Check new design of our homepage! Through this summary, we discuss Diamond's viewpoint of societal development that essentially pivots on geographic advantage. Penlighten Staff Jared Diamond is a celebrated American Scientist who started his scientific journey in the field of physiology. He is a professor of Geography at the University of California, Los Angeles and branched out in the fields of evolutionary biology and biogeography, which has won him equal acclaim.
Yali asked, using the local term " cargo " for inventions and manufactured goods, "Why is it that you white people developed so much cargo and brought it to New Guinea, but we black people had little cargo of our own? Still others, he says, "have been decimated, subjugated, and in some cases even exterminated by European colonialists.
Diamond argues geographic, climatic and environmental characteristics which favored early development of stable agricultural societies ultimately led to immunity to diseases endemic in agricultural animals and the development of powerful, organized states capable of dominating others.
Outline of theory[ edit ] Diamond argues that Eurasian civilization is not so much a product of ingenuity, but of opportunity and necessity. That is, civilization is not created out of superior intelligence, but is the result of a chain of developments, each made possible by certain preconditions.
The first step towards civilization is the move from nomadic hunter-gatherer to rooted agrarian society. Several conditions are necessary for this transition to occur: Control of crops and livestock leads to food surpluses.
Surpluses free people to specialize in activities other than sustenance and support population growth. The combination of specialization and population growth leads to the accumulation of social and technologic innovations which build on each other.
Large societies develop ruling classes and supporting bureaucracieswhich in turn lead to the organization of nation-states and empires. In particular, Eurasia has barleytwo varieties of wheat, and three protein-rich pulses for food; flax for textiles; and goats, sheep, and cattle.
Eurasian grains were richer in protein, easier to sow, and easier to store than American maize or tropical bananas. As early Western Asian civilizations began to trade, they found additional useful animals in adjacent territories, most notably horses and donkeys for use in transport.
Australia and North America suffered from a lack of useful animals due to extinctionprobably by human hunting, shortly after the end of the Pleistocenewhilst the only domesticated animals in New Guinea came from the East Asian mainland during the Austronesian settlement some 4,—5, years ago.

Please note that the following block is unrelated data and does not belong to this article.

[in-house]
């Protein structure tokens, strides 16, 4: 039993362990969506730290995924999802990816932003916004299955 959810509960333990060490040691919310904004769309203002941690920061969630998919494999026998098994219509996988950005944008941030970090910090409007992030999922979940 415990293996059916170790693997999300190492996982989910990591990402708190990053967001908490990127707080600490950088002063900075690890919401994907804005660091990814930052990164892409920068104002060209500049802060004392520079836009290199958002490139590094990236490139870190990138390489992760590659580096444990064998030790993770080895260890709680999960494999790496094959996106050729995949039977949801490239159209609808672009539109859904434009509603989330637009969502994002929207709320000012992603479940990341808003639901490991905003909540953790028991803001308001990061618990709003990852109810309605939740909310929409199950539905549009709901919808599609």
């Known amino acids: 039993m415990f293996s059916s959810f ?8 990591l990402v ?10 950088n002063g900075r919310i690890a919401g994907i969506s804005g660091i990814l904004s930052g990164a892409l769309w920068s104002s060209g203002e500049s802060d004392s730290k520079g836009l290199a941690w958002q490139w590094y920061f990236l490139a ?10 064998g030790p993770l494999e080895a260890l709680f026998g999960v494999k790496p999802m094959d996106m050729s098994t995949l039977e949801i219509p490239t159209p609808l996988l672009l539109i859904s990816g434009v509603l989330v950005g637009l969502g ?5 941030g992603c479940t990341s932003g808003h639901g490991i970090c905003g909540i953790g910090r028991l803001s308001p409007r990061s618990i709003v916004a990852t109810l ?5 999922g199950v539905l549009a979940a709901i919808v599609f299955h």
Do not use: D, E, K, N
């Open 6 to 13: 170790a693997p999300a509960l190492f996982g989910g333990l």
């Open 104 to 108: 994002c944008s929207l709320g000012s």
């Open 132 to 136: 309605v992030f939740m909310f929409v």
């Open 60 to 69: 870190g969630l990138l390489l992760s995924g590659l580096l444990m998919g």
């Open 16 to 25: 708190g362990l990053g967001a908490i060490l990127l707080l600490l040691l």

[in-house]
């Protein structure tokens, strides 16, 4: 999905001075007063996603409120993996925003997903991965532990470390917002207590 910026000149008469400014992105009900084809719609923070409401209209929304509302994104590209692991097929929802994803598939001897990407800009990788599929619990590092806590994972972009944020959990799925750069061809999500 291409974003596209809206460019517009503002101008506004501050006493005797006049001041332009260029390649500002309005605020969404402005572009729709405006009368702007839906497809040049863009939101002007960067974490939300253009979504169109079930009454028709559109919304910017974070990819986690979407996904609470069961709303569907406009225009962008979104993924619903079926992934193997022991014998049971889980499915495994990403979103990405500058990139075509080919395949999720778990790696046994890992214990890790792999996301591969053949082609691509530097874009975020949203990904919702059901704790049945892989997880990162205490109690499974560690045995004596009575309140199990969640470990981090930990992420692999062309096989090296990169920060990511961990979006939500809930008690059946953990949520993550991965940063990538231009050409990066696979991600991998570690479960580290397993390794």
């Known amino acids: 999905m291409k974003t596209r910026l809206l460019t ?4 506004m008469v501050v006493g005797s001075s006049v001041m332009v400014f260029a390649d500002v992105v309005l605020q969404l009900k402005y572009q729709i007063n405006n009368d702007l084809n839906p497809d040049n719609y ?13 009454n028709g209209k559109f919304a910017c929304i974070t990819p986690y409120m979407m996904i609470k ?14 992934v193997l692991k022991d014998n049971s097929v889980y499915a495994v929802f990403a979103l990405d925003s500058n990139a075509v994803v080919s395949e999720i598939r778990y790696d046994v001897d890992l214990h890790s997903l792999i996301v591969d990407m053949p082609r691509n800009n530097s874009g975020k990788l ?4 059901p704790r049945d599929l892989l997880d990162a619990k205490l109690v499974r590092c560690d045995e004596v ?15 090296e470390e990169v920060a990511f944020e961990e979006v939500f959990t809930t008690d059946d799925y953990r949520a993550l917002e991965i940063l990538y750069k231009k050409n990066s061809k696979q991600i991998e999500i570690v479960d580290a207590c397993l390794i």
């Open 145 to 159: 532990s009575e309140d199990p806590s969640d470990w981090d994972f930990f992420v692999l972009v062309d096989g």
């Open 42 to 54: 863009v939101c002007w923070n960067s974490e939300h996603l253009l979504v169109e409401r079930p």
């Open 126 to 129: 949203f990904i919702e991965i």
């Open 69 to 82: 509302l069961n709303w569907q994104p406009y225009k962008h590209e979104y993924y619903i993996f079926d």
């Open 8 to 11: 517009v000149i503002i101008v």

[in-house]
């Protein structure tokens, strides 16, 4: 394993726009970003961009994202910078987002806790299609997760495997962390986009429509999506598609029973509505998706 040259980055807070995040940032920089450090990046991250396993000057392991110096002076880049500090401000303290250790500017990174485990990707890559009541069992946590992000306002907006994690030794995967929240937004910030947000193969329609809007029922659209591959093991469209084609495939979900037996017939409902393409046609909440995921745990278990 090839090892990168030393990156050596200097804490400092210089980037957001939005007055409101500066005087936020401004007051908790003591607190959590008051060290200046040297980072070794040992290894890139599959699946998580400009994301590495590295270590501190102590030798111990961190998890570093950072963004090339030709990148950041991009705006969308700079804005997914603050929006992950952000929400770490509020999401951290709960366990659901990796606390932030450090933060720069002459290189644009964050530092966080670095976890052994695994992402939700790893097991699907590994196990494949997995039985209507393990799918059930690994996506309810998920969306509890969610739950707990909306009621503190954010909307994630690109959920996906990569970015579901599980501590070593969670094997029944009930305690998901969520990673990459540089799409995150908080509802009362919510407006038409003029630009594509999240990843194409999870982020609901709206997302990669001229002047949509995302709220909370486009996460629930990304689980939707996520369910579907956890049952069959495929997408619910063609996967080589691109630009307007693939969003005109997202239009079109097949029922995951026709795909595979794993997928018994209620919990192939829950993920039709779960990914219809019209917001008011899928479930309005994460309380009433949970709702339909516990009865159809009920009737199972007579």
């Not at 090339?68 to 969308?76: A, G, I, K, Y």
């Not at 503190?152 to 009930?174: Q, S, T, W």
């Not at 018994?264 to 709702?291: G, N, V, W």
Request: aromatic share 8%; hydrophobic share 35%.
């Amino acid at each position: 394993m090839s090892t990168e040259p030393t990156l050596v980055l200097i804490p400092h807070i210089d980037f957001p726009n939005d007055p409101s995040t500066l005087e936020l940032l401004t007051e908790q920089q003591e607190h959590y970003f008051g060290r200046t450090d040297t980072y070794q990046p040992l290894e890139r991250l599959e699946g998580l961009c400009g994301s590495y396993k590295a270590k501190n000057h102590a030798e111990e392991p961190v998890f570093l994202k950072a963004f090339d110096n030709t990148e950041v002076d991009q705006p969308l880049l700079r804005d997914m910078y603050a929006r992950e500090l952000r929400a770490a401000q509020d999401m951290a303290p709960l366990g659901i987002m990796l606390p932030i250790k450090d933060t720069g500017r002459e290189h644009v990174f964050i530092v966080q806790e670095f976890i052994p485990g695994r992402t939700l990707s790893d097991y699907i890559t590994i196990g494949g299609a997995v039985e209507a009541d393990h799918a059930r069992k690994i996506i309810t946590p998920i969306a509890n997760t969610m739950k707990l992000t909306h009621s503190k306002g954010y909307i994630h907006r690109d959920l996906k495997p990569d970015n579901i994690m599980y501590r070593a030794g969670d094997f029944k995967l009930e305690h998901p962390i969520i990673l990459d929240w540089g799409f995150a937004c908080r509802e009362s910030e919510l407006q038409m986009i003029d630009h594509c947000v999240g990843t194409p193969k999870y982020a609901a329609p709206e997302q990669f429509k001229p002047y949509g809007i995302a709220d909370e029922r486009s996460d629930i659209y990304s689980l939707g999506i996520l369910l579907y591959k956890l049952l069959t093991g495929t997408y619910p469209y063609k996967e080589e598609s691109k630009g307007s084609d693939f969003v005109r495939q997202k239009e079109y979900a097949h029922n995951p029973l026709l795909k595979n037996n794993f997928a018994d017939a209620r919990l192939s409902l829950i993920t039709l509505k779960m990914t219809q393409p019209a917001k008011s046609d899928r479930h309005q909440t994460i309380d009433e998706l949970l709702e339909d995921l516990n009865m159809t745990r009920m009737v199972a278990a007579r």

Sub-Saharan biological relatives of the horse including zebras and onagers proved untameable; and although African elephants can be tamed, it is very difficult to breed them in captivity;   Diamond describes the small number of domesticated species 14 out of "candidates" as an instance of the Anna Karenina principle: He also makes the intriguing argument that all large mammals that could be domesticated, have been.
Large domestic animals such as horses and camels offered the considerable military and economic advantages of mobile transport. Its large area provided it with more plant and animal species suitable for domestication, and allowed its people to exchange both innovations and diseases.
Its east-west orientation allowed breeds domesticated in one part of the continent to be used elsewhere through similarities in climate and the cycle of seasons. The Americas had difficulty adapting crops domesticated at one latitude for use at other latitudes and, in North America, adapting crops from one side of the Rocky Mountains to the other.
Similarly, Africa was fragmented by its extreme variations in climate from north to south: The rise of nonfarming specialists such as craftsmen and scribes accelerated economic growth and technological progress.
Smallpoxmeaslesand influenza were the result of close proximity between dense populations of animals and humans. Natural selection forced Eurasians to develop immunity to a wide range of pathogens.In Guns, Germs, and Steel, anthropologist Jared Diamond explains why some societies are more materially successful than others.
He attributes societal success to geography, immunity to germs, food. Jared Diamond’s 30 years of research are condensed into one brilliant title, Guns, Germs, and Steel, which will redefine your current knowledge of society.
Guns, Germs, and Steel is an extremely informative book that will make you question a lot of topics related to the development of society. Guns, Germs, and Steel: The Fates of Human Societies is a work of historiography by Jared webkandii.com book chronicles history from the beginning of humankind, attempting to explain why certain societies have survived and thrive, while so many others have perished.
This brief overview of Guns, Germs, and Steel tells you what you need to know—before or after you read Jared Diamond’s book.
Crafted and edited with care, Worth Books set the standard for quality and give you the tools you need to be a well-informed reader/5(11). Summary and Analysis of Guns, Germs, and Steel: The Fates of Human Societies: Based on the Book by Jared Diamond (Smart Summaries)5/5(1).
Guns, Germs, and Steel study guide contains a biography of Jared Diamond, literature essays, quiz questions, major themes, characters, and a full summary and analysis of Huck Finn. Study Guides Q & A.